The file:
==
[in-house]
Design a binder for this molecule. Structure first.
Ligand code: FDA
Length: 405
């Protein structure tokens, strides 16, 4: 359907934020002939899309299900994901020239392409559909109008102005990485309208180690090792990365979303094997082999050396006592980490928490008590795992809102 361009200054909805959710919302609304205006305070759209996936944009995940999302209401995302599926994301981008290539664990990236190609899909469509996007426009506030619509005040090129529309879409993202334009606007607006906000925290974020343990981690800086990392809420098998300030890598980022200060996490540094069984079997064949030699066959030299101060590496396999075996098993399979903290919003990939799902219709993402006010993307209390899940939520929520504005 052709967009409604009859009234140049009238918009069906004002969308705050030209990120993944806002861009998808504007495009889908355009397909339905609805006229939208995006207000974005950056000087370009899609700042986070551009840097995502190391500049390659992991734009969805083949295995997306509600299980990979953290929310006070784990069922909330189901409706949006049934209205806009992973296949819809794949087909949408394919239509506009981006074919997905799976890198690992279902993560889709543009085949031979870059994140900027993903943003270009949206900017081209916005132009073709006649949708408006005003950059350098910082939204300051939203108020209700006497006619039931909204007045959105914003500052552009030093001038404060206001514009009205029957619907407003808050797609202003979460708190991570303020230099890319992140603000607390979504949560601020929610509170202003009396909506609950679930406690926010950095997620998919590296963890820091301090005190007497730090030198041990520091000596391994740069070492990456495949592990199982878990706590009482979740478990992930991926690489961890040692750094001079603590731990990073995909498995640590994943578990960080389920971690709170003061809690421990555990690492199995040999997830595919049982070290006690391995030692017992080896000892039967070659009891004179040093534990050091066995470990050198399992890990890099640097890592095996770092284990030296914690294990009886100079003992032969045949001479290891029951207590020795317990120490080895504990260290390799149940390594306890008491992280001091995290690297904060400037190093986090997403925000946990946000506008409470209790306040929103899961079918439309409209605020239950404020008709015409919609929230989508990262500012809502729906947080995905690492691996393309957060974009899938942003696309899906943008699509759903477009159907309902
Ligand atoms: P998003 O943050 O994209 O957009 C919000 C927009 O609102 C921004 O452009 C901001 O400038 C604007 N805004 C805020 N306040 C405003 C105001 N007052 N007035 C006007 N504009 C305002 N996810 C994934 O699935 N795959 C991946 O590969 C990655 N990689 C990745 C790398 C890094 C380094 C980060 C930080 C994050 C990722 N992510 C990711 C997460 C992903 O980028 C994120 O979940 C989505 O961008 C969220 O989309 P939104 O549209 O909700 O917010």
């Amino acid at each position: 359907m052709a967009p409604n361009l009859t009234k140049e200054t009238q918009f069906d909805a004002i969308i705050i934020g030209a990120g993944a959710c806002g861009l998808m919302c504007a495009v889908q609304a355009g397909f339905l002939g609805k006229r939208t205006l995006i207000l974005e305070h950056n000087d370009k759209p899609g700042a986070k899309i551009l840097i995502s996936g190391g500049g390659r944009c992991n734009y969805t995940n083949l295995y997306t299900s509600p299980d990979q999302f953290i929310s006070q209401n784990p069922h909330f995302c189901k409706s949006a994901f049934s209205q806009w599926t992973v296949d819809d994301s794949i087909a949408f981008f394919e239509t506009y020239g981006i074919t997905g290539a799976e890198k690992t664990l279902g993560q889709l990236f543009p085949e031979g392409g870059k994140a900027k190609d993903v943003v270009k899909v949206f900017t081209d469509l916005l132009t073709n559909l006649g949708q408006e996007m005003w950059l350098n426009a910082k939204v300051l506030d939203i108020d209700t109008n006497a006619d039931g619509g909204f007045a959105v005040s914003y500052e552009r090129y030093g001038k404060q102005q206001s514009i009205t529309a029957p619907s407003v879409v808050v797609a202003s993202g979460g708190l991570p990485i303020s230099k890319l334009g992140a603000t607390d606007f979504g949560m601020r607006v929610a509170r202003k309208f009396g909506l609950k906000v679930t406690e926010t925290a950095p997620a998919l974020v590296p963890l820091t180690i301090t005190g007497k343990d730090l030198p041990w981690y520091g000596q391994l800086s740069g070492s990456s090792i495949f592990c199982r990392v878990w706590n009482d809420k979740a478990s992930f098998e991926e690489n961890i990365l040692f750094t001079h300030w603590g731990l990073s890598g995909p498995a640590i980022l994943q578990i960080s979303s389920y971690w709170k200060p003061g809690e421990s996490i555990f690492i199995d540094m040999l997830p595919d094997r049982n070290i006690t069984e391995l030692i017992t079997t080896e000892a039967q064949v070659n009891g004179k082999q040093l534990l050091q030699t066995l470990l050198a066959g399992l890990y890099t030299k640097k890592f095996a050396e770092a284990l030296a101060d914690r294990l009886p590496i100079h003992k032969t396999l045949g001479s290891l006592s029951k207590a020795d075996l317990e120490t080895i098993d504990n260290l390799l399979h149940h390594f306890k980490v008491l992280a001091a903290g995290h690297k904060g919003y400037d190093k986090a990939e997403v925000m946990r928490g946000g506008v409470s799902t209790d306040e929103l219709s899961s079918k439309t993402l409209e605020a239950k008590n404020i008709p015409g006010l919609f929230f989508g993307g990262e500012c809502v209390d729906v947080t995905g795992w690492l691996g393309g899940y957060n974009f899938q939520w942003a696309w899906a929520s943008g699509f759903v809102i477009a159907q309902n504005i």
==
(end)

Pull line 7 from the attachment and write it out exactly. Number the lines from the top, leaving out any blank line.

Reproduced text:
């Amino acid at each position: 359907m052709a967009p409604n361009l009859t009234k140049e200054t009238q918009f069906d909805a004002i969308i705050i934020g030209a990120g993944a959710c806002g861009l998808m919302c504007a495009v889908q609304a355009g397909f339905l002939g609805k006229r939208t205006l995006i207000l974005e305070h950056n000087d370009k759209p899609g700042a986070k899309i551009l840097i995502s996936g190391g500049g390659r944009c992991n734009y969805t995940n083949l295995y997306t299900s509600p299980d990979q999302f953290i929310s006070q209401n784990p069922h909330f995302c189901k409706s949006a994901f049934s209205q806009w599926t992973v296949d819809d994301s794949i087909a949408f981008f394919e239509t506009y020239g981006i074919t997905g290539a799976e890198k690992t664990l279902g993560q889709l990236f543009p085949e031979g392409g870059k994140a900027k190609d993903v943003v270009k899909v949206f900017t081209d469509l916005l132009t073709n559909l006649g949708q408006e996007m005003w950059l350098n426009a910082k939204v300051l506030d939203i108020d209700t109008n006497a006619d039931g619509g909204f007045a959105v005040s914003y500052e552009r090129y030093g001038k404060q102005q206001s514009i009205t529309a029957p619907s407003v879409v808050v797609a202003s993202g979460g708190l991570p990485i303020s230099k890319l334009g992140a603000t607390d606007f979504g949560m601020r607006v929610a509170r202003k309208f009396g909506l609950k906000v679930t406690e926010t925290a950095p997620a998919l974020v590296p963890l820091t180690i301090t005190g007497k343990d730090l030198p041990w981690y520091g000596q391994l800086s740069g070492s990456s090792i495949f592990c199982r990392v878990w706590n009482d809420k979740a478990s992930f098998e991926e690489n961890i990365l040692f750094t001079h300030w603590g731990l990073s890598g995909p498995a640590i980022l994943q578990i960080s979303s389920y971690w709170k200060p003061g809690e421990s996490i555990f690492i199995d540094m040999l997830p595919d094997r049982n070290i006690t069984e391995l030692i017992t079997t080896e000892a039967q064949v070659n009891g004179k082999q040093l534990l050091q030699t066995l470990l050198a066959g399992l890990y890099t030299k640097k890592f095996a050396e770092a284990l030296a101060d914690r294990l009886p590496i100079h003992k032969t396999l045949g001479s290891l006592s029951k207590a020795d075996l317990e120490t080895i098993d504990n260290l390799l399979h149940h390594f306890k980490v008491l992280a001091a903290g995290h690297k904060g919003y400037d190093k986090a990939e997403v925000m946990r928490g946000g506008v409470s799902t209790d306040e929103l219709s899961s079918k439309t993402l409209e605020a239950k008590n404020i008709p015409g006010l919609f929230f989508g993307g990262e500012c809502v209390d729906v947080t995905g795992w690492l691996g393309g899940y957060n974009f899938q939520w942003a696309w899906a929520s943008g699509f759903v809102i477009a159907q309902n504005i």